1. Sanchin - The name of the kata is translated as three conflicts. It is often said that the three conflics are body, mind, and spirit. This is the first of the three original forms from Pangainoon kung fu, brought back from China by Kanbun Uechi. Many systems of karate and kung fu have a form named sanchin or samchien. Each focuses on the development of the practitioner's mind; the basic stance, including the ability to root to the ground for stability and power development; proper breathing technique (kokyuho), spiritual concentration including the mental management of forces and focus; and development of the physical body's strength and connection.
2. Kanshiwa - The name is a combination of two names, Uechi Kanbun's and his teacher's in China, Master Shushiwa. This is one of the 5 additional kata developed Kanei Uechi and ten of his senior students. The kata was originally named "Kanshabu" due to a localized pronunciation of Shushiwa's name as Shashabu.
3. Kanshu - The karate name is again a combination of the names Kanbun and Shushiwa. This is the second additional kata, chiefly designed by Seiki Itokazu, a senior student of Kanei Uechi. The kata is also referred to as Daini Seisan, meaning "little Seisan".
4. Seichin - The kata name is a combination of two kata names, Sanchin and Seisan. This is the third additional kata, chiefly designed by Saburo Uehara, a senior student of Kanei Uechi.
5. Seisan - The name of the kata means 13, implying 13 positions of attack and defense. This is the second of the three original forms from Pangainoon kung fu, brought back from China by Kanbun Uechi. Many karate and kung fu systems have a seisan or similarly named kata. This form is often referred to as the "bar fight" kata because it presents techniques to stop and overwhelm commonly used attacks.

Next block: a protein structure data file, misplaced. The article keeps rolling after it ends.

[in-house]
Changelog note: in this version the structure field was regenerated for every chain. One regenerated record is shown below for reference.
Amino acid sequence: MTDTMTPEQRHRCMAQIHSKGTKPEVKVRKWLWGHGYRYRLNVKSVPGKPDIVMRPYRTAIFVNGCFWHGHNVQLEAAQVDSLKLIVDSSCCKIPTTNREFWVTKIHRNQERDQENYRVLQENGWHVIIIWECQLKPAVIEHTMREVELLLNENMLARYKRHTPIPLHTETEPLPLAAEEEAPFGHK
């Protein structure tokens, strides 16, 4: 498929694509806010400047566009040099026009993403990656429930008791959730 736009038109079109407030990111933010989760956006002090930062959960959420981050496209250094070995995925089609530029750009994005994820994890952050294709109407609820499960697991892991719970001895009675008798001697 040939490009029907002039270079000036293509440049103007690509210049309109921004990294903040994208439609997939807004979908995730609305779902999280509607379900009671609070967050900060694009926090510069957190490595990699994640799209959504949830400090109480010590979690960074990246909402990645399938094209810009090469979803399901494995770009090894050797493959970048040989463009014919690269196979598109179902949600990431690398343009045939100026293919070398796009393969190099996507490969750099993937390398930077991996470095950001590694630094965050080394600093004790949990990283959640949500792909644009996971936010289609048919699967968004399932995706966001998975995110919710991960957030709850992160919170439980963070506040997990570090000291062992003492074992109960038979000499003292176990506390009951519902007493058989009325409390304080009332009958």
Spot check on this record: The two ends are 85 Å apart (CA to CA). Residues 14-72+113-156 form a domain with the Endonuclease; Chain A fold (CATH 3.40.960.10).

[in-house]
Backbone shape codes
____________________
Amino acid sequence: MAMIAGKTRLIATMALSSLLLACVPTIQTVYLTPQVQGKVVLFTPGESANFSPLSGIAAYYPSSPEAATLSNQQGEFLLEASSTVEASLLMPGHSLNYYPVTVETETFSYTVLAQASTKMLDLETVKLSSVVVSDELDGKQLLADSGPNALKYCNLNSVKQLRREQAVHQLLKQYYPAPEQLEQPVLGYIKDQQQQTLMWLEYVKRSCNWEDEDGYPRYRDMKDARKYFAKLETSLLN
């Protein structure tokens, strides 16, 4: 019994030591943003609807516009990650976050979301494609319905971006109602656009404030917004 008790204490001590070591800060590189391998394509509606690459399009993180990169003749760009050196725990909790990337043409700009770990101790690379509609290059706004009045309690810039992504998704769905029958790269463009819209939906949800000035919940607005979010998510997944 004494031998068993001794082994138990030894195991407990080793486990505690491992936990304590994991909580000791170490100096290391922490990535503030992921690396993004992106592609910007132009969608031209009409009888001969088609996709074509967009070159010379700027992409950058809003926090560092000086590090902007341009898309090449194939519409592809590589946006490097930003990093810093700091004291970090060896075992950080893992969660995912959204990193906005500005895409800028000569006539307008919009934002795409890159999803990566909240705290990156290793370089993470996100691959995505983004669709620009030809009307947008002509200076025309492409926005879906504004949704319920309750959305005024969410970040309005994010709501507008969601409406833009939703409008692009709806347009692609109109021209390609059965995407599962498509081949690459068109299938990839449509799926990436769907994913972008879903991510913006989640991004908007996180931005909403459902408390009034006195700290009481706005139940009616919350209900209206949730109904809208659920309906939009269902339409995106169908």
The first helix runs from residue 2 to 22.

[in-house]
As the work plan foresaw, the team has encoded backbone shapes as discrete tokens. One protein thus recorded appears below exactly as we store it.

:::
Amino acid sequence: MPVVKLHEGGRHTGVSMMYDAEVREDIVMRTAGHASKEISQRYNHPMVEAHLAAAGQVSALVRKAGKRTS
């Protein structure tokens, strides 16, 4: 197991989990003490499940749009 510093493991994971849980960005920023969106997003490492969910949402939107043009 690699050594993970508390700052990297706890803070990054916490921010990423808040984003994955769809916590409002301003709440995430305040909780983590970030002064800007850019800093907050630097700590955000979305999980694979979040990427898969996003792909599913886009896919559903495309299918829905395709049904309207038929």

6. Seiryu - The name of the kata means 16 positions of attack and defense. This is the fourth additional kata developed by Kanei Uechi and his senior students.
7. Konchin - The name of the kata is a combination of the names Kanbun Uechi and the kata Sanchin. This is the fifth additional kata and was chiefly designed by Kanei Uechi. It is said to include his favorite techniques.
8. Sanseiryu - The kata name means 36, implying 36 positions of attack and defense. The kata is the third of the three original forms from Pangainoon kung fu, brought back from China by Kanbun Uechi.
Uechi-ryu is practiced with two kinds of bunkai, "yakosuko" or pre-arranged and "oyo" or free, not-prearranged applications.
Yakosuko bunkai is a training method where a pre-arranged series of attacks and defenses is learned and practiced.
Washington Karate Academy students train four bunkai that are based on four kata in the system.
Oyo bunkai is a training method where a practitioner is spontaneously attacked and must use movements from the form to negate the attack. Oyo bunkai is introduced once the practitioner is comfortable with the techniques.
There are two kinds of kumite, "yakosuko" or pre-arranged, and "jiyu" or free, not pre-arranged sparring.
The goal of both exercises is for practitioners to learn distancing, control, application of explosive technique, and flow. Kumite in the dojo is not akin to an actual fight because the goal of both people in the dojo is the improvement of the other, whereas the goal of an actual fight is either to harm or to survive and escape.
Kumite is taught based on the needs and abilities of each person. Power, speed, and the level of contact increase based on individual development.